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Accounting for Secrets

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  • Harrison, Mark

    (Department of Economics, University of Warwick ; CAGE)

Abstract

The Soviet dictatorship used secrecy to shield its processes from external scrutiny. A system of accounting for classified documentation assured the protection of secrets. The associated procedures resemble a turnover tax applied to government transactions. There is evidence of both compliance and evasion. The burden of secrecy was multiplied because the system was also secret and so had to account for itself. Unique documentation of a small regional bureaucracy, the Lithuania KGB, is exploited to yield an estimate of the burden. Measured against available benchmarks, the burden looks surprisingly heavy. JEL classification: Accounting ; Bureaucracy ; Dictatorship ; Lithuania ; Secrecy ; Soviet Union ; Transaction Costs. JEL codes: K42 ; L14 ; M48 ; N44 ;P26

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Bibliographic Info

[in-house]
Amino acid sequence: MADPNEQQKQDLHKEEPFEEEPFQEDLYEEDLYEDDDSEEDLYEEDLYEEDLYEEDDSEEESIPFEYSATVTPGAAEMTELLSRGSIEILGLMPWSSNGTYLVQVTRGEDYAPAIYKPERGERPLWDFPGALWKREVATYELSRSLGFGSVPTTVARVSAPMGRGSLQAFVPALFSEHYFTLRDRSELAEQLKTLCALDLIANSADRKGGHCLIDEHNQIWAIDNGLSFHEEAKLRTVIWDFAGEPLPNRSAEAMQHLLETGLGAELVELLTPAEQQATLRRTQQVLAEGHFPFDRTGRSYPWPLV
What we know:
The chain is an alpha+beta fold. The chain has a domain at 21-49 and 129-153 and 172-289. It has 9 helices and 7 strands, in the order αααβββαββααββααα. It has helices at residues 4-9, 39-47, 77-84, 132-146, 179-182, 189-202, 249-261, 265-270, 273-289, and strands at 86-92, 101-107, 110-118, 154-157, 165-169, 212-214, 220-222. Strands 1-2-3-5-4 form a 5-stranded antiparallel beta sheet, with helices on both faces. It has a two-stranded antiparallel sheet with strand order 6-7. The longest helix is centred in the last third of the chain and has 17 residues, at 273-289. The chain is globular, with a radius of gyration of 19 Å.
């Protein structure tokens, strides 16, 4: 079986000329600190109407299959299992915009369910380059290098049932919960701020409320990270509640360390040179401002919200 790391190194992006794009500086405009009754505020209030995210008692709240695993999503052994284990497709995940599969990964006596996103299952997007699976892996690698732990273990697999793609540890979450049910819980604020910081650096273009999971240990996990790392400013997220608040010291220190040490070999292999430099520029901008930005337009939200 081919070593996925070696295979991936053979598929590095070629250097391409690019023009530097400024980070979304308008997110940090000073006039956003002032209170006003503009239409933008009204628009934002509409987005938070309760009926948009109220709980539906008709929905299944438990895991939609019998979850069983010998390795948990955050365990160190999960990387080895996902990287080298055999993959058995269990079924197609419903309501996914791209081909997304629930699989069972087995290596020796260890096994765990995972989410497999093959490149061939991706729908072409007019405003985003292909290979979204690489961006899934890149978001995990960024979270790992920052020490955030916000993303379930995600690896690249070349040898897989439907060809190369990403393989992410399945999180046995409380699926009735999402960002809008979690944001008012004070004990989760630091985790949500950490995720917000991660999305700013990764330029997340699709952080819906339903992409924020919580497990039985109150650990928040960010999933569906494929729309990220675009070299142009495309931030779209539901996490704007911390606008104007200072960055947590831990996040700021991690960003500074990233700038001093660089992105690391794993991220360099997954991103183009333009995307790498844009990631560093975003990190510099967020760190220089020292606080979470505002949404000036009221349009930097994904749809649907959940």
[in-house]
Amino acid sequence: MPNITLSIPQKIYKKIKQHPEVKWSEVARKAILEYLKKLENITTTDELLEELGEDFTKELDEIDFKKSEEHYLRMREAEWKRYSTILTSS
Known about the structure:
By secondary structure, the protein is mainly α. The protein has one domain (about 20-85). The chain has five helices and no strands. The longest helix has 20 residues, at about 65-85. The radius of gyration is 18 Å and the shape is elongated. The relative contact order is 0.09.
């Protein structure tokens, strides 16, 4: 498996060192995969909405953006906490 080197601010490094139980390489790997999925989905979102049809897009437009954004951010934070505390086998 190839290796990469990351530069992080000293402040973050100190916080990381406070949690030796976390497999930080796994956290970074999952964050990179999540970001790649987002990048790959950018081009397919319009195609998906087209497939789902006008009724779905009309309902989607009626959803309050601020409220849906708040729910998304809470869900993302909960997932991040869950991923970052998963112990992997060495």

Paper provided by University of Warwick, Department of Economics in its series The Warwick Economics Research Paper Series (TWERPS) with number 1015.

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Date of creation: 2013
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Handle: RePEc:wrk:warwec:1015

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Cited by:
  1. Crafts, Nicholas, 2011. "Economic History Matters," CAGE Online Working Paper Series 58, Competitive Advantage in the Global Economy (CAGE).
  2. Harrison, Mark, 2010. "Forging Success: Soviet Managers and Accounting Fraud, 1943 to 1962," CAGE Online Working Paper Series 34, Competitive Advantage in the Global Economy (CAGE).
  3. Liberini, Federica & Redoano, Michela & Proto, Eugenio, 2013. "Happy Voters," CAGE Online Working Paper Series 169, Competitive Advantage in the Global Economy (CAGE).

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